WWF just paid AU$100,000 to protect the Great Barrier Reef
Conservation group World Wildlife Fund (WWF)stepped up their improvisation level to God mode recently. So, if there's rampant fishing corroding a major reef what's the best way to end the systemic massacre of the ecosystem? Raising awareness levels? Wrong. Buy the license at whatever cost so no one else can fish. Unbelievable? That's exactly what WWF did.
Taking a bite out of shark fishing
WWF has just bought a commercial shark fishing licence on the Great Barrier Reef to ensure no one else destroys the shark community that thrives - or used to at one point - in the region. The AU$100,000 licence gives owners the right to drag a 1.2 km net (included in the purchase of the license) ANYWHERE along the Great Barrier Reef. They can choose to target species other than sharks as well.
The WWF has revealed that the same license was used to target sharks for 10 years until 2004. By the end of it, the license allowed the fishing of about 10,000 sharks each year.
ABC quotes the conservation director Gilly Llewellyn saying that, "We're going to take it out of the water and make sure it doesn't go fishing." She added that, "We have a chance to ... help save some of those sharks. This will also prevent dugongs, turtles and dolphins being killed as by-catch, and help the reef heal after the worst coral bleaching in its history."
A message to the Australian government
This move by WWF assumes significance in the light of some figures released by the Queensland Government - the commercial shark catch on the Great Barrier Reef spiked from 222 tonnes in 2014 to 402 tonnes in 2015. In fact, the federal government has also been considering whether to list certain species of hammerheads under 'threatened.'
Irrespective of additions to the list, the move can send a strong message to authorities. "This is a shot across the bow to the management authorities and to the Australian Government that we believe they should be protected," Llewellyn told ABC.
The government, many conservationists believe definitely needs a "shot across the bow" like this, if recent developments are any indicator. Earlier this year, Michael Slezak reported in The Guardian the duplicity of the Australian government vis-a-vis the issue of coral reef and shark fishing. The Australian government was accused of hypocrisy because they signed a non-binding agreement that aimed to protect endangered sharks. But in shocking contrast, they withdrew recently from another legally binding international accord.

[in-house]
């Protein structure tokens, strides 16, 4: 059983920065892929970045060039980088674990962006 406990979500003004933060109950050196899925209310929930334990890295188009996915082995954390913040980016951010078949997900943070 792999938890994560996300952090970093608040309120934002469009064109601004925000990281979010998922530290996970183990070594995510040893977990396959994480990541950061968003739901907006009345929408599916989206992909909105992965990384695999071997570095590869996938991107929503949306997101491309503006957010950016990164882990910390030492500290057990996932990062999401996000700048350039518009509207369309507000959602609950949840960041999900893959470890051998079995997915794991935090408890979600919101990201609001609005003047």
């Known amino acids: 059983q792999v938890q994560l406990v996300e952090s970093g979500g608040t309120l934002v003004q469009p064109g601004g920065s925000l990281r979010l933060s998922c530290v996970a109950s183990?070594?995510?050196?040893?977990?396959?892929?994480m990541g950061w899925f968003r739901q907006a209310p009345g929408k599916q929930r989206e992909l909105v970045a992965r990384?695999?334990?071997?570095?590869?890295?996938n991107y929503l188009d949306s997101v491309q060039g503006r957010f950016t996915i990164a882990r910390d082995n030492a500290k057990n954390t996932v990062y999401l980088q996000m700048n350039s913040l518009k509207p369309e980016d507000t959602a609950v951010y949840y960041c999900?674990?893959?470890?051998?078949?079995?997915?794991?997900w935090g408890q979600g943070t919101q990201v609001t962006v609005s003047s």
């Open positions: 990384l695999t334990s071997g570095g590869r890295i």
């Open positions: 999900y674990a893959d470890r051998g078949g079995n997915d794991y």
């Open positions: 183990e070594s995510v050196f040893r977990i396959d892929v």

Basically, in November 2014, the Australian government agreed to grant protection to 31 species of sharks under the UN-administered convention on the conservation of migratory species of wild animals. Two months later, the Australian government opted out of that agreement because they had "reservations" with respect to five of the species.
The real shocker came after Guardian Australia revealed that the about-turn happened after the government's discussion with recreational fishers instead of scientists.
In a January Guardian article Jessica Harwood, from the Humane Society International, was quoted saying that, "Australia is being hypocritical in pursuing things that make them look good but, where it counts, not saying to recreational fishers or commercial industries, 'Sorry, you can't take these species anymore.'"
A danger to the Great Barrier Reef
There have been repeated indicators of how bad the situation is for coral reefs and the ecosystem within it. An April survey this year raised alarms again when it revealed that 93% of the reef has been affected by coral bleaching.
"We've never seen anything like this scale of bleaching before. In the northern Great Barrier Reef, it's like 10 cyclones have come ashore all at once," said lead researcher Terry Hughes in an official statement.
The problem Australia faces isn't just of shark fishing in isolation. It's a larger problem of conservation of 2300-odd kms of a living, breathing community that's in danger purely due to unchecked human activity.
Here's hoping one of the few majestic natural structures, supposedly visible even from outer space, stays alive to inspire awe in the coming generations.